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Delaware Health Alert Network #312

September 3, 2013 1:26 pm


Health Alert
PPD SOLUTION SHORTAGE


Background

On April 12, 2013 the Centers for Disease Control and Prevention (CDC) announced a nationwide shortage of Tubersol®, one of two Purified Protein Derivative (PPD) tuberculin used in the Tuberculin Skin Test (TST) to diagnose TB infection. A shortage of Aplisol®, the second brand of PPD solution, was announced shortly after. The shortage of PPD is now widespread and projections for a return to normal supply by the end of May 2013 did not materialize. The duration of the shortage is unknown at this time.

Recommendations for Responding to Tuberculin Shortage

Until normal supplies of Aplisol® and Tubersol® are restored, the recommendations below (based on CDC guidance) will remain in place.

Available PPD should be reserved for high-priority groups such as:

  • Contacts to a person with pulmonary or laryngeal TB;
  • Persons infected with HIV;
  • Persons who are immunocompromised (including use of medications such as prednisone, TNF-alpha Inhibitors, or cancer chemotherapy).

Annual TB screenings should be deferred until sufficient tuberculin is available.  If practical, you may opt to screen high-risk persons for LTBI using an Interferon Gamma-Release Assay (IGRA): QuantiFERON‐GIT® or T‐Spot®, instead of TST.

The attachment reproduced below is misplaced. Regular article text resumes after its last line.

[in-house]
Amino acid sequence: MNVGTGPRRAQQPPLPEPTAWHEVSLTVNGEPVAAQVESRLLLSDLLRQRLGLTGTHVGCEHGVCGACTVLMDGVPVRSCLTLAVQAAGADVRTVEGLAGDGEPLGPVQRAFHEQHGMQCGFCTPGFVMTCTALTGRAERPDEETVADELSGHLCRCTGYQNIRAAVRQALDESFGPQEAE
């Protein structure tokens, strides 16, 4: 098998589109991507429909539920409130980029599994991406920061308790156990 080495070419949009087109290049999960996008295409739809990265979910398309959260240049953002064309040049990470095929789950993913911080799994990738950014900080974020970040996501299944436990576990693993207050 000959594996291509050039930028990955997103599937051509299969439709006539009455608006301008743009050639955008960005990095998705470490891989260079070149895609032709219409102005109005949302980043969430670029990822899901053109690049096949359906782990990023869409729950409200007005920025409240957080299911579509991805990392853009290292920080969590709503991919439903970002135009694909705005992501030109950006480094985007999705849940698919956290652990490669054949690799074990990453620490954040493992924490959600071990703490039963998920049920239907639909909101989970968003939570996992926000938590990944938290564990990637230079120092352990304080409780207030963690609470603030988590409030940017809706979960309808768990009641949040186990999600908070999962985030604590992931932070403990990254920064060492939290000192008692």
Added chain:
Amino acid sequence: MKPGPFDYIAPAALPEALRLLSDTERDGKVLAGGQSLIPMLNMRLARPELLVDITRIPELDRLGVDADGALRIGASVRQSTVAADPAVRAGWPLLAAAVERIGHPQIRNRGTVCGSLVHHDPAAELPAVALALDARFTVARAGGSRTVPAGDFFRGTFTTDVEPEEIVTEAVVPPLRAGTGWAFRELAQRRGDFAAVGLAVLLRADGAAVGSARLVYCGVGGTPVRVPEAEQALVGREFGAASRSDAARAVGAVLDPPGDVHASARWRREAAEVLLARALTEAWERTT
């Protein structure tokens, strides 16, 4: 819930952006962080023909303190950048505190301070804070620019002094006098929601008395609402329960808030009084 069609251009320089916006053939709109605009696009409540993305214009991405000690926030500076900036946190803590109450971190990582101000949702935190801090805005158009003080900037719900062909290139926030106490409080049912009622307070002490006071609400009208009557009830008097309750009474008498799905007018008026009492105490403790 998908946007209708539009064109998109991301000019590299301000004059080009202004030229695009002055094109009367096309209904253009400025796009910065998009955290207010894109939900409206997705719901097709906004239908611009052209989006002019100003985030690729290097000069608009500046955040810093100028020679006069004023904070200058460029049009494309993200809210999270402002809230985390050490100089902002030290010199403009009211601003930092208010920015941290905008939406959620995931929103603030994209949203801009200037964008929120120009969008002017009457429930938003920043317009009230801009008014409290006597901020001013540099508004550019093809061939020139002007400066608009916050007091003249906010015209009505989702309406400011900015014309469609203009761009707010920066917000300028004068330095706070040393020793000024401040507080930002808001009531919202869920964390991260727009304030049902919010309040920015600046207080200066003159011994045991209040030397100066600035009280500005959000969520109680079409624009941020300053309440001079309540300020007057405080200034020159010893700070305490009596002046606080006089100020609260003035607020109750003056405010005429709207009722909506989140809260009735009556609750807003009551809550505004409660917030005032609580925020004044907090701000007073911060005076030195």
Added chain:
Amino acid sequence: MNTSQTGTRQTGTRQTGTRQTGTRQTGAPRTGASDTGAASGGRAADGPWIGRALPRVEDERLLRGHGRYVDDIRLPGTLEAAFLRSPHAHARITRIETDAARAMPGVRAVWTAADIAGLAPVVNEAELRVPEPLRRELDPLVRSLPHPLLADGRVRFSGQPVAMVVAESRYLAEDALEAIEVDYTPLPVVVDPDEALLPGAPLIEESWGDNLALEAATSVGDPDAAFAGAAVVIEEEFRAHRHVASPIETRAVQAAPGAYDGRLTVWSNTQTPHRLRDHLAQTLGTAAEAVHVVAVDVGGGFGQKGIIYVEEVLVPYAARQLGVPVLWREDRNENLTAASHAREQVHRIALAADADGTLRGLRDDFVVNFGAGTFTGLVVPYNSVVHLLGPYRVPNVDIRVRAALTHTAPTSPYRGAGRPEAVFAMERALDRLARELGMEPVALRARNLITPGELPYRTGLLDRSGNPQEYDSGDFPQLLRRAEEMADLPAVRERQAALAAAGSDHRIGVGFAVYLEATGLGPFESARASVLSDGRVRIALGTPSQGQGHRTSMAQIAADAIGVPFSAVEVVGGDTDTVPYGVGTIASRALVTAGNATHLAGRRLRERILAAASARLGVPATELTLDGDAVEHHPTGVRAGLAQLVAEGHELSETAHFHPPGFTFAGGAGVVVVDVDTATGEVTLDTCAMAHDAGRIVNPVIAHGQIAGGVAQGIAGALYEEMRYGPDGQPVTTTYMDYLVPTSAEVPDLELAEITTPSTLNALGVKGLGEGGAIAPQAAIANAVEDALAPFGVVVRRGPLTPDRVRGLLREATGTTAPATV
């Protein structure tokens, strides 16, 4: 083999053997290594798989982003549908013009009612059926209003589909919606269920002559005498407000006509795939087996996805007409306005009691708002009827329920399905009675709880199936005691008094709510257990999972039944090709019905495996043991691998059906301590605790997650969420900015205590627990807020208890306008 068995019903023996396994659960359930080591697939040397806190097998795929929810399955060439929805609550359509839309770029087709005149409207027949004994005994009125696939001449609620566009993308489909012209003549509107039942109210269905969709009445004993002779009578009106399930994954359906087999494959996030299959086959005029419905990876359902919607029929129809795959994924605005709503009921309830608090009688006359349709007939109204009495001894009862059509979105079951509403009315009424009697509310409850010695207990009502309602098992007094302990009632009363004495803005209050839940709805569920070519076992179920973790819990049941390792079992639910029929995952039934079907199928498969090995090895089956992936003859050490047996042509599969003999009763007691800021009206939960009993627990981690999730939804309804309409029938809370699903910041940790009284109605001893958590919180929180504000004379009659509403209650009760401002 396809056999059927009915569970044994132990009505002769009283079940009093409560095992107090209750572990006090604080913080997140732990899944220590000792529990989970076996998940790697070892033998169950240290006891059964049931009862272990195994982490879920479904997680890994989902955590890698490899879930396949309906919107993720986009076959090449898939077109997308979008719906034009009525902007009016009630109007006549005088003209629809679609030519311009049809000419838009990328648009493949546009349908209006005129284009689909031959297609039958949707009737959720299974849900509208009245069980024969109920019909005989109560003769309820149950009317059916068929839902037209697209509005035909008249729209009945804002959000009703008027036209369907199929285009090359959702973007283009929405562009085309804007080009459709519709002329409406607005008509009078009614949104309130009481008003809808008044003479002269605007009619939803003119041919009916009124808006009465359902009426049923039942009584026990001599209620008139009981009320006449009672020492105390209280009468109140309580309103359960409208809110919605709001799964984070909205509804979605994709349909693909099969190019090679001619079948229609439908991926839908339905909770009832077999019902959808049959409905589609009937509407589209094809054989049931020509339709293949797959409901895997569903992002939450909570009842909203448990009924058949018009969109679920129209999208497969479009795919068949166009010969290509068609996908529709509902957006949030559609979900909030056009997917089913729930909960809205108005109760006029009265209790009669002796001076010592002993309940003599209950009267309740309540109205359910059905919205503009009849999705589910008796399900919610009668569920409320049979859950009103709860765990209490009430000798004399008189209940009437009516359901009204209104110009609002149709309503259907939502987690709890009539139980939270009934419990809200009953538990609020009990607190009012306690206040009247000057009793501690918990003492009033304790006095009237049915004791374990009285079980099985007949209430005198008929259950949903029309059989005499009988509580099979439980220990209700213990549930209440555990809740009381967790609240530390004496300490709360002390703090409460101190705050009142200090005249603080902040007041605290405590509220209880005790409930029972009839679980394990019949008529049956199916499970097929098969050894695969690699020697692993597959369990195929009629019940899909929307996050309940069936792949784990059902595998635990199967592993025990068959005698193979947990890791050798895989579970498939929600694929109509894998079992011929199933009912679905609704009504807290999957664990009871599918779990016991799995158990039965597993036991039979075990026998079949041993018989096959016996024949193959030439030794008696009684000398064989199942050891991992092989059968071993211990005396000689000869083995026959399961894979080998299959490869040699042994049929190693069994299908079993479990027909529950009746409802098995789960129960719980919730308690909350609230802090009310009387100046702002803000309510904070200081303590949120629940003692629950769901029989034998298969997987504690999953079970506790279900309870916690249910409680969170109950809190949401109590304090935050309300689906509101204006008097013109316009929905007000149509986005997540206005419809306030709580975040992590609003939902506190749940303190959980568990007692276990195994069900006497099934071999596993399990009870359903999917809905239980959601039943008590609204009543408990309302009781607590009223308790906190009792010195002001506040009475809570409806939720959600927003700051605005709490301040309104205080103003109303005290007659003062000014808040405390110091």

While serial testing is temporarily deferred, TB symptom screening using a screening questionnaire should be initiated. A sample questionnaire is available at:  http://www.dhss.delaware.gov/dhss/dph/dpc/tbelimination.html

Additional Recommendations

As much as possible, the same product (Tubersol® OR Aplisol®) and the same method (TST OR IGRA) should be used in serial testing programs such as health care worker or inmate screening. A change in product or method may make interpretation of changes in test results difficult.

If testing is deferred, the healthcare provider must check with the supplier regularly to determine if PPD solution is available and recall all patients with deferred TST placement as soon as is practical.

Prior to deferring or changing methods in a required serial testing program, all facilities (skilled nursing facilities, home health care, etc.) should verify that the suggested process change is acceptable to their regulatory authority. 

FAQs and other resources regarding the PPD shortage are available at:  http://www.dhss.delaware.gov/dhss/dph/dpc/tbelimination.html

Questions:  Call or email Jeannie Rodman, RN, MSN

Delaware’s Division of Public Health TB Elimination Program TB Nurse Consultant/Program Mgr.,jeanette.rodman@state.de.us  (302) 744-1050

References:

  1. CDC. Nationwide Shortage of Tuberculin Skin Test Antigens: CDC Recommendations for Patient Care and Public Health Practice. Health Alert Network message issued April 12, 2013. http://emergency.cdc.gov/HAN/han00345.asp
  2. CDC. Updated Guidelines for using interferon gamma release assays to detect Mycobacterium tuberculosis infection — United States, 2010. MMWR 2010; 59 (RR-5). http://www.cdc.gov/mmwr/PDF/rr/rr5905.pdf
  3. CDC. Interferon-Gamma Release Assays (IGRAs) -Blood Tests for TB Infection (fact sheet). http://www.cdc.gov/tb/publications/factsheets/testing/IGRA.htm.

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